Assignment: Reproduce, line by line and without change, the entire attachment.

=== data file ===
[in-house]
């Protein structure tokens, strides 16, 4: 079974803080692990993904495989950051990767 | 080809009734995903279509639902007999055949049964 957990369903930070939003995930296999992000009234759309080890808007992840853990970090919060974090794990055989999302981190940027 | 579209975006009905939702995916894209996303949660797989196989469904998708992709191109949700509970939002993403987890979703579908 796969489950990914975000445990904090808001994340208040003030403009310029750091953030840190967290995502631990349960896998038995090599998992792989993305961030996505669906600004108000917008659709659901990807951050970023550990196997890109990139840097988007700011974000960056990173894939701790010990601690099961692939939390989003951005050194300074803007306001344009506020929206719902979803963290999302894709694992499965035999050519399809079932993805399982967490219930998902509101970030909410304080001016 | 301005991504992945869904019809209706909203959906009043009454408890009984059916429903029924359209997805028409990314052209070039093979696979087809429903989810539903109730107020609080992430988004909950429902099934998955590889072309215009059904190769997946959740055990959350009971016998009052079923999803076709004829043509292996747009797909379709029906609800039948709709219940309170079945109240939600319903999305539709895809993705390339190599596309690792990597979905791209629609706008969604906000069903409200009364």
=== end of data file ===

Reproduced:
[in-house]
């Protein structure tokens, strides 16, 4: 079974803080692990993904495989950051990767 | 080809009734995903279509639902007999055949049964 957990369903930070939003995930296999992000009234759309080890808007992840853990970090919060974090794990055989999302981190940027 | 579209975006009905939702995916894209996303949660797989196989469904998708992709191109949700509970939002993403987890979703579908 796969489950990914975000445990904090808001994340208040003030403009310029750091953030840190967290995502631990349960896998038995090599998992792989993305961030996505669906600004108000917008659709659901990807951050970023550990196997890109990139840097988007700011974000960056990173894939701790010990601690099961692939939390989003951005050194300074803007306001344009506020929206719902979803963290999302894709694992499965035999050519399809079932993805399982967490219930998902509101970030909410304080001016 | 301005991504992945869904019809209706909203959906009043009454408890009984059916429903029924359209997805028409990314052209070039093979696979087809429903989810539903109730107020609080992430988004909950429902099934998955590889072309215009059904190769997946959740055990959350009971016998009052079923999803076709004829043509292996747009797909379709029906609800039948709709219940309170079945109240939600319903999305539709895809993705390339190599596309690792990597979905791209629609706008969604906000069903409200009364």